The Effects of Poor Fitting (Loose) Dentures

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close up of someone's hands crafting a set of dentures

As denture-wearing people age, their dentures don’t change, but their mouths do. In fact, your gum ridges and your jawbone can change quite a bit over time without having tooth root stimulation; so, what used to fit well originally may not fit so well today.

If you have false teeth, they should fit really well, be comfortable, and you should be wearing them more often than not during the day. If you’re not wearing them as often, is it because they don’t feel great anymore?

As we age, particularly without natural teeth in place, the gum ridges in our mouths can shrink, causing dentures to become loose. Bone can also shrink, causing your jaws not to line up properly. Loose dentures can cause sore spots in your mouth as well as stomach problems from not being able to chew food properly. A loose denture could also cause changes in your facial features.

Here are a few problems those loose fitting dentures may be causing . . .


You might not think about your dentures when you have a headache, but dental related issues often do, in fact, cause headaches. Pain easily spreads up and out from your mouth to your ears and head. Ever had a bad ear ache that seems to radiate through your entire jaw? A misaligned jaw is often at the root of a denture related headache (including TMJ and migraine headaches).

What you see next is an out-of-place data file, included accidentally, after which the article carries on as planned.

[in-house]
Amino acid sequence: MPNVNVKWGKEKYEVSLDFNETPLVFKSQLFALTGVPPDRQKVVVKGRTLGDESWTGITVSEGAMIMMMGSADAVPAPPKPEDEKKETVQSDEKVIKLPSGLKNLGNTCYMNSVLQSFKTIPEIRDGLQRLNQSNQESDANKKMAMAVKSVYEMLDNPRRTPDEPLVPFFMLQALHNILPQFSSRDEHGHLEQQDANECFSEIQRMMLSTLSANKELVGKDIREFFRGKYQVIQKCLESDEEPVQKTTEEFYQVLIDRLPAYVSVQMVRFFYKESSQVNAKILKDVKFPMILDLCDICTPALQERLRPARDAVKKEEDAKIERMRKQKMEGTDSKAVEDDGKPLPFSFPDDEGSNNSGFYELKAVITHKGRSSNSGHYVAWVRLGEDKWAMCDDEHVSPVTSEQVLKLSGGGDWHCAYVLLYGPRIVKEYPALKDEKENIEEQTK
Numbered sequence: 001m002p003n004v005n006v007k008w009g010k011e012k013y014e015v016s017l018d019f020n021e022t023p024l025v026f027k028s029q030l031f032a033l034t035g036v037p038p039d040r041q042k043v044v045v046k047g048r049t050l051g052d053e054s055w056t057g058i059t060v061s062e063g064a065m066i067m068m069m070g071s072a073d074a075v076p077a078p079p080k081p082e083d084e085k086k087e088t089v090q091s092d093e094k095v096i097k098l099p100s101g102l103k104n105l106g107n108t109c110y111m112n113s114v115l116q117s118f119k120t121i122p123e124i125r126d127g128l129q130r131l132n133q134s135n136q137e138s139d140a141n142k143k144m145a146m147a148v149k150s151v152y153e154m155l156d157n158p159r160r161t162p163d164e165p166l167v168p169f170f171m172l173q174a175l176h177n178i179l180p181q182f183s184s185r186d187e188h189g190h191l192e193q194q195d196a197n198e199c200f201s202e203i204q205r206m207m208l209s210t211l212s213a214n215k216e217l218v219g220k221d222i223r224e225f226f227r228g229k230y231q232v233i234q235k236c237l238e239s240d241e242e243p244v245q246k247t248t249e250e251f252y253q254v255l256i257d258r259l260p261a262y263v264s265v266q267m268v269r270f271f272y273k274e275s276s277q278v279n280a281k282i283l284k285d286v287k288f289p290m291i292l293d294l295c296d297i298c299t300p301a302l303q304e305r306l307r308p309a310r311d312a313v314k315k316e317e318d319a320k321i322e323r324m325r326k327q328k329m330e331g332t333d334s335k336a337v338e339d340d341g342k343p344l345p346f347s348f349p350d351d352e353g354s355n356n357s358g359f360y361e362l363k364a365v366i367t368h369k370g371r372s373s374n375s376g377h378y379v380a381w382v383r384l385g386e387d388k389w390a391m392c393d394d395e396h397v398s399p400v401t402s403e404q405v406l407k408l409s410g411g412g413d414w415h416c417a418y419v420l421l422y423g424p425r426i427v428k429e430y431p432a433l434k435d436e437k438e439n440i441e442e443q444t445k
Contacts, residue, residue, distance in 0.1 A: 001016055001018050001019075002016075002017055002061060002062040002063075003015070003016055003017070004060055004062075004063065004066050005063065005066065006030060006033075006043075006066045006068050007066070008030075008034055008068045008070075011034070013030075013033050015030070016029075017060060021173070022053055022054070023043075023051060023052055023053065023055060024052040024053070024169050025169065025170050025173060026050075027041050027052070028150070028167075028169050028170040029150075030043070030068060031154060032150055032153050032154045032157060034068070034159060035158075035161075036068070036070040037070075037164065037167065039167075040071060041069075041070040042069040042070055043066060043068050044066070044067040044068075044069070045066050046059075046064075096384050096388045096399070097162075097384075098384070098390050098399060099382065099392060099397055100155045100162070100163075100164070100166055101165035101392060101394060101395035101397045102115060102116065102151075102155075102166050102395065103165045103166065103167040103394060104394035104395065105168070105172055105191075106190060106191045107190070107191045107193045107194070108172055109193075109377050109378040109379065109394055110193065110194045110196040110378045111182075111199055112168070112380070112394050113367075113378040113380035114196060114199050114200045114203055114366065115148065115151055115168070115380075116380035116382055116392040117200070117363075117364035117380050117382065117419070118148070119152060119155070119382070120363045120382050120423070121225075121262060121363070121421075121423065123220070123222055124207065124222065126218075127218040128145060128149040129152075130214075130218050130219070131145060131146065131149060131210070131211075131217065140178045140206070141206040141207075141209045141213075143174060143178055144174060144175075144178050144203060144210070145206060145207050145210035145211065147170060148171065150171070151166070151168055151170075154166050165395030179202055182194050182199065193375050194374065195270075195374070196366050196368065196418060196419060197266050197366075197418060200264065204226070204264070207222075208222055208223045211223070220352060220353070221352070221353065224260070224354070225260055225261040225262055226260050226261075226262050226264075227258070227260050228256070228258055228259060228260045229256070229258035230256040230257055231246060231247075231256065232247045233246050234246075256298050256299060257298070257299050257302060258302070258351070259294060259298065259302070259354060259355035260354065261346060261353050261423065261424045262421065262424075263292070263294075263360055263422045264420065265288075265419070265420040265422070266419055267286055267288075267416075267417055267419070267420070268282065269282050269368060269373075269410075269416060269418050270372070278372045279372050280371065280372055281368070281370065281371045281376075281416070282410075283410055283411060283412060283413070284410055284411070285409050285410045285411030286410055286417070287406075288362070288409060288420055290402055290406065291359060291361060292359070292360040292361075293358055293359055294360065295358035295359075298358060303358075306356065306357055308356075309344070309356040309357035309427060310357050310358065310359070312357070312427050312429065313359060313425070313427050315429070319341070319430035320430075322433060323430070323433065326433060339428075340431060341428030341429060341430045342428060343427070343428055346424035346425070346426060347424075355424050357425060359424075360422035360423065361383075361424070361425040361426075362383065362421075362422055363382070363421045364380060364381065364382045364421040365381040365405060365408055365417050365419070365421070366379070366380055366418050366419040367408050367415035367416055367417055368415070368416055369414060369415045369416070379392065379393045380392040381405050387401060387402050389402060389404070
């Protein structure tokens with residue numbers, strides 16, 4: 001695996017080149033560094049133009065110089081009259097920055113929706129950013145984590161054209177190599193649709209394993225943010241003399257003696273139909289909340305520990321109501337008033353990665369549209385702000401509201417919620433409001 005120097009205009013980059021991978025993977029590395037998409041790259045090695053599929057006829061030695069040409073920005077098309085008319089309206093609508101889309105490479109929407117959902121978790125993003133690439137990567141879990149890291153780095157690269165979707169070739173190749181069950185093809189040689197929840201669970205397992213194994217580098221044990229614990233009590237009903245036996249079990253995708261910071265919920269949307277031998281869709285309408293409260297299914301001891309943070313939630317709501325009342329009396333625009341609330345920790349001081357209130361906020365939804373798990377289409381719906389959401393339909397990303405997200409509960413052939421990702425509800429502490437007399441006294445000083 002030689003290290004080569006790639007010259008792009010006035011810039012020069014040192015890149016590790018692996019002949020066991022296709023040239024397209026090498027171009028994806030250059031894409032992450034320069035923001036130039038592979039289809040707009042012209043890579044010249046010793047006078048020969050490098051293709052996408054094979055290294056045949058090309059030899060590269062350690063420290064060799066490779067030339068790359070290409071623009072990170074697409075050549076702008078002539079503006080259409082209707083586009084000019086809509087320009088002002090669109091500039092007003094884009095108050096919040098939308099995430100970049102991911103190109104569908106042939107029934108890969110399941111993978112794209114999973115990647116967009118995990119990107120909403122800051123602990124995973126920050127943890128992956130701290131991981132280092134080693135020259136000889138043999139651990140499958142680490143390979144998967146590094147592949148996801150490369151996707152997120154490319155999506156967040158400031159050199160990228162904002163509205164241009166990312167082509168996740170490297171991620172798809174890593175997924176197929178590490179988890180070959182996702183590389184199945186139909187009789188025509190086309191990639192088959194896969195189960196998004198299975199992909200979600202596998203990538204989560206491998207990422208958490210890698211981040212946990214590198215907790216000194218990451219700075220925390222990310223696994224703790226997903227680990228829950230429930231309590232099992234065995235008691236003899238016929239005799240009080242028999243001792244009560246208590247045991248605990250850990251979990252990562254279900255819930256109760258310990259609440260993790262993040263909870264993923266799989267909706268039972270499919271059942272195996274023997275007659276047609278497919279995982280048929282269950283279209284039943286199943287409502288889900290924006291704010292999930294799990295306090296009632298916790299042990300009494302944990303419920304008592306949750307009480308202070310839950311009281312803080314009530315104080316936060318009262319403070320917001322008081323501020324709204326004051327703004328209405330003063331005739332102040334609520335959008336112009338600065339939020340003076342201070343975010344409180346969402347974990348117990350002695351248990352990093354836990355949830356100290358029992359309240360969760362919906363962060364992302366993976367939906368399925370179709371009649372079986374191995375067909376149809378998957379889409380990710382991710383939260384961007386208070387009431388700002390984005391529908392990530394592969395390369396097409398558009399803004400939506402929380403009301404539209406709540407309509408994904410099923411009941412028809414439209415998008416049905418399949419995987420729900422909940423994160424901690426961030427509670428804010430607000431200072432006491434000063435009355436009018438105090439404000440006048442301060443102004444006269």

Sore Spots

If you’re noticing sore spots there are a couple of things that could be causing your troubles. Not properly cleaning your dentures can lead to fungal infections (denture stomatitis) and/or bacteria build up which can cause yeast to form and create painful sores.

In addition, an inaccurate bite from loose dentures can lead to localized sore spots on the gums as well as inflammation, raw spots, canker sores, and even bleeding as the ill-fitting dentures are rubbing against the soft tissues in your mouth.

Trouble Chewing

If you wear dentures, you already know it took some time, practice, and patience to bite and chew with your new teeth. If your dentures are loose, it becomes very difficult to chew and even painful to eat at times. It may even cause you to take a lot longer to eat, cause a gagging and choking sensation when you’re trying to eat, and even cause weight loss if your ability to chew is compromised long term.

Trouble Talking

Loose fitting dentures tend to move around when you talk, which can make carrying on a conversation quite difficult. A tell-tale sign of loose dentures is a clicking sound when you’re trying to speak. It’s also quite troubling to maintain your train of thought when you’re concentrating on keeping your loose dentures in place.

When do dentures need to be replaced?

If your dentures are sitting in a drawer somewhere because they don’t feel quite right, they’re loose, or they’re making sore spots in your mouth you should see your dentist. Have your dentures evaluated and possibly adjusted, relined, or remade. You don’t necessarily need all new set of dentures. Relining is a great way to update dentures and keep them fitting comfortably.